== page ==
Author Archives: Katie Hall

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TA3 Connections September 2014 Volume 17 No. 2

Category : TA3 Connections

News includes a recap of the June symposium at Ivy Tech Community College, an introduction to new TA3 Director, Burke Murphy of Corporation for a Skilled Workforce, exciting project updates and a new member profile.

Read the full February 14 Connections!


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TA3 Delegates experience culture, camaraderie and learning exchange in historic Belfast

Delegates from the Trans-Atlantic Technology and Training Alliance (TA3) met together in Belfast, United Kingdom for the network’s annual symposium and explored how to prepare for the future global economy through employer and educator partnerships. Hosted by the Northern Ireland Department for Employment and Learning, delegates and speakers were treated to a fantastic mix of robust learning and cultural exchange, sightseeing opportunities and historical experiences.

An open bus tour of Belfast kicked off the four-day event, followed by a networking reception at Crumlin Road Gaol. The conference featured keynote speakers from the U.S. and Europe, representing a wide variety of government, policy and educational institutions. Afternoon workshops provided further interaction and discussion among group members on the following topics:

• Qualifications,
• Competencies and Credentials,
• Making Apprenticeships work at SMEs,
• Matching Labor Demand and Supply, and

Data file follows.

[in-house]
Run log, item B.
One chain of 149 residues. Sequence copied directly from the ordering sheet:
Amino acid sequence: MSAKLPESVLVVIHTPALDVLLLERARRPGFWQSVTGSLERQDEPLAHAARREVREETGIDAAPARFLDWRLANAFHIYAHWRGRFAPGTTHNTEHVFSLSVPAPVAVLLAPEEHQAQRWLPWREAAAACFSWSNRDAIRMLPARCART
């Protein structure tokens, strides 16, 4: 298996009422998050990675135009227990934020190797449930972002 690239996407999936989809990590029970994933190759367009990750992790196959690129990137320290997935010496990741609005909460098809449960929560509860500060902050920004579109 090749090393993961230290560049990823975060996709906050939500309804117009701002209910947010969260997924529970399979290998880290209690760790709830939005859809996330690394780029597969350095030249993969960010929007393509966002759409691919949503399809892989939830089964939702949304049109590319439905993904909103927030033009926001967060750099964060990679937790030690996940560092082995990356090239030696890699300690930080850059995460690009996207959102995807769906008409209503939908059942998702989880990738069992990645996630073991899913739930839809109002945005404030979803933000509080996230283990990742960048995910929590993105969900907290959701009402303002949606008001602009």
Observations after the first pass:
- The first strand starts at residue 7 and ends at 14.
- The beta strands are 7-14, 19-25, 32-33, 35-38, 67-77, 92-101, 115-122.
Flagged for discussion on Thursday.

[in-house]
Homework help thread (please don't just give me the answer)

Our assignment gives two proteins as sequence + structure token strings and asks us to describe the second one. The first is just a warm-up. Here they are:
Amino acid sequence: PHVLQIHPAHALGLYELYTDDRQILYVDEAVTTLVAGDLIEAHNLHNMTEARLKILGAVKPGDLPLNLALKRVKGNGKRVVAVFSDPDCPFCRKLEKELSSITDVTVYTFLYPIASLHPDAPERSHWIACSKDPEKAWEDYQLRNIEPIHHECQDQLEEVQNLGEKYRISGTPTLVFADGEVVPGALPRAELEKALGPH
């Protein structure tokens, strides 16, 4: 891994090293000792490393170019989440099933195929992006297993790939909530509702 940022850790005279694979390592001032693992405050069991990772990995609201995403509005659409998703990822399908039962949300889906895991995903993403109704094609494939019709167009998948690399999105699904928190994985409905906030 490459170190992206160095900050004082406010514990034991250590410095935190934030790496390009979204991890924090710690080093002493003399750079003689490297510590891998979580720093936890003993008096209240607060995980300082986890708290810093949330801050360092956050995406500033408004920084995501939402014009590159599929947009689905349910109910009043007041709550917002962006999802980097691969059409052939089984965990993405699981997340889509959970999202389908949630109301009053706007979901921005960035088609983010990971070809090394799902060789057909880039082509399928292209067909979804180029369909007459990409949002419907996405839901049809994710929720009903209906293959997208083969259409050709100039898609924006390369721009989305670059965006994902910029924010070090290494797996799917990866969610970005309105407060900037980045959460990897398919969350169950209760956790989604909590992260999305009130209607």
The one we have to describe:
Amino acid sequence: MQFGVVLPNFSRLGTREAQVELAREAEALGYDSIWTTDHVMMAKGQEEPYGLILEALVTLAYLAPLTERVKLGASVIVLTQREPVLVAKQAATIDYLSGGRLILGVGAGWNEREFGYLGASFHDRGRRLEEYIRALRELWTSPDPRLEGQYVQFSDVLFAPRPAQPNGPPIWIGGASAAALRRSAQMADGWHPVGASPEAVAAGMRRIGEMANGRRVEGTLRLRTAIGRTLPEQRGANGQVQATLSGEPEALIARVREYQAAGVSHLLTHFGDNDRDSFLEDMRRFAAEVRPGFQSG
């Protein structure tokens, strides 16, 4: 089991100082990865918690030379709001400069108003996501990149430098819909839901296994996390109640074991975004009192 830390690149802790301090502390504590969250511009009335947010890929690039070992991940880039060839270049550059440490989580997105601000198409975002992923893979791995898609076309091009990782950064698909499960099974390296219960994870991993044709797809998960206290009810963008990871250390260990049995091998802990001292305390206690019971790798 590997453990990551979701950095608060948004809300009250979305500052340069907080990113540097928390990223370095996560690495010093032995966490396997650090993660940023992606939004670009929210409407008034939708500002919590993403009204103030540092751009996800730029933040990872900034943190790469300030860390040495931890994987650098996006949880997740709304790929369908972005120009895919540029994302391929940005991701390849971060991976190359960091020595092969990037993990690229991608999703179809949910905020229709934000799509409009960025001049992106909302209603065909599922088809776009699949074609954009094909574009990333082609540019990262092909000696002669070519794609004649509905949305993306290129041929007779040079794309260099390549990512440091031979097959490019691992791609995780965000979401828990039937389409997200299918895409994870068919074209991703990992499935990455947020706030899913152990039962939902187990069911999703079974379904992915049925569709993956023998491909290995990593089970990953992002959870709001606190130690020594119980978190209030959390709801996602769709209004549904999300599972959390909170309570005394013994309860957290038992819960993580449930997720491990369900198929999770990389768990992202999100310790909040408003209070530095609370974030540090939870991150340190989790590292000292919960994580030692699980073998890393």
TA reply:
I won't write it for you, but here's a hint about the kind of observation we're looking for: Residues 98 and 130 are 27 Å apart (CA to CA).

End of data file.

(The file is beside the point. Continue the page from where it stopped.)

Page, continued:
• Successful Models of College-Business Partnerships.

When the day ended, delegates and speakers were treated to local music and dinner at Stormont, the parliament building in Belfast. Minister of Employment and Learning, Stephan Farry hosted the event and concluded the evening with an informative and entertaining tour of the building, including the assembly and senate chambers

At the annual business meeting the next day, delegates discussed potential international collaboration on project work, exchanged ideas about current and emerging issues for educational leadership, faculty, and students, and prepared for the 2016 symposium, which will be hosted by Lawson State Community College, in Birmingham, Alabama.

On the third day, delegates participated in campus tours, including Norbrook Laboratories in Newry, which has grown to be one of the world’s leading pharmaceutical companies specializing in the development of veterinary and animal health medicines. Delegates were able to meet two apprentices during the tour. Apprenticeships was a central theme at this year’s event and cited as a key component of building the future global workforce.

The TA3 is a membership consortium of more than 30 leading community and technical colleges, and several state system offices, in the U.S. and Europe. The TA3 promotes community colleges’ efforts to support their regional economies, and promotes the value and importance of a global perspective on community college missions. The TA3 is managed by co-secretariats, Corporation for a Skilled Workforce in the U.S. and the Danish Agency for Higher Education in Europe.